1. Government Tools
Many government websites can help you perform a background check on a lender. If you want to know whether a lender is legitimate, or has any charges against them, look them up on one of these websites:
- Federal Trade Commission
- US Public Interest Research Group
- Consumer Financial Protection Bureau
- American Bankers Association
2. Google Power
If you are not coming up with anything on any of these sites, it is time to check other registries to find out if you’re dealing with loan fraudsters. Your state should have a registry of approved lenders, but the resources may vary.
Look up your state, and search for “licensed lenders” (e.g., “California licensed lenders”). Google will likely lead you to a valid registry for looking up a particular lender.
You can also Google the lender and check its reviews. The reviews could be a clear indicator of whether or not a lender is reputable. If many people leave testimonies of online personal loan scams, learn from their mistakes. Keep in mind that some people will call predatory loans scams, even though they’re technically legal, so you should stay away if you see that, too.
3. Is the Website Secure?
More often than not, scammers will use phishing websites with names similar to those of trustworthy lenders. Double-check whether you have made a typo when heading to a particular website. You should also check if the website uses HTTPS protocol, indicating that the website is safe to use.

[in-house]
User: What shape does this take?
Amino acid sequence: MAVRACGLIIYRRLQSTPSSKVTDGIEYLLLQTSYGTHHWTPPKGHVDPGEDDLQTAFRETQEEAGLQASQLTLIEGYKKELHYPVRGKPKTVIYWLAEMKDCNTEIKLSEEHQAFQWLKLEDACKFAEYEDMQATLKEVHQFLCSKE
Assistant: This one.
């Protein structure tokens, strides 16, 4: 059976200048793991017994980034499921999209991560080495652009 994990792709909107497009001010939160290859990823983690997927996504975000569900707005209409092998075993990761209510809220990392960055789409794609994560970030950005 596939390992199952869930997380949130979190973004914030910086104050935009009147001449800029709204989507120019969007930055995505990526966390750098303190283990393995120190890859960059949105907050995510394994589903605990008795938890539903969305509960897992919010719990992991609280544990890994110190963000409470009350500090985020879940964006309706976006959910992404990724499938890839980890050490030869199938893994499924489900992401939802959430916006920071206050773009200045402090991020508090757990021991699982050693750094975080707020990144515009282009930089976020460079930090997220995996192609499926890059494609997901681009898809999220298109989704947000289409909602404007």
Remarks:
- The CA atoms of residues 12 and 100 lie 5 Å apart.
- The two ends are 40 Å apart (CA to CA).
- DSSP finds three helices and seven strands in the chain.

4. Shop Around
You want to find the best terms for any loan, and that means researching and contacting multiple providers. This way, you will also learn what kind of terms you should be getting with legitimate loans, which will help you weed out potential personal loan frauds. Ignore those that stand out too much or sound too good to be true. As we’ve said before, they probably are.
Have You Fallen Victim To a Loan Scam?
If you think you’ve fallen victim to a loan scam, you should report it as soon as possible. You might not get your money back, but you can help authorities track down the scammer and prevent them from hurting someone else.
The first stop to report scams would be the police or sheriff’s department. You should report the scammer there and provide the authorities with any evidence you can. The evidence can include any records, such as copies of emails and text messages you might have exchanged with the scammer.
Furthermore, it is crucial to change and protect any personal and sensitive information you shared with the scammer. If you’ve given them your bank details, contact your bank and the credit bureaus and put fraud alerts on your credit report - you should even consider freezing your accounts.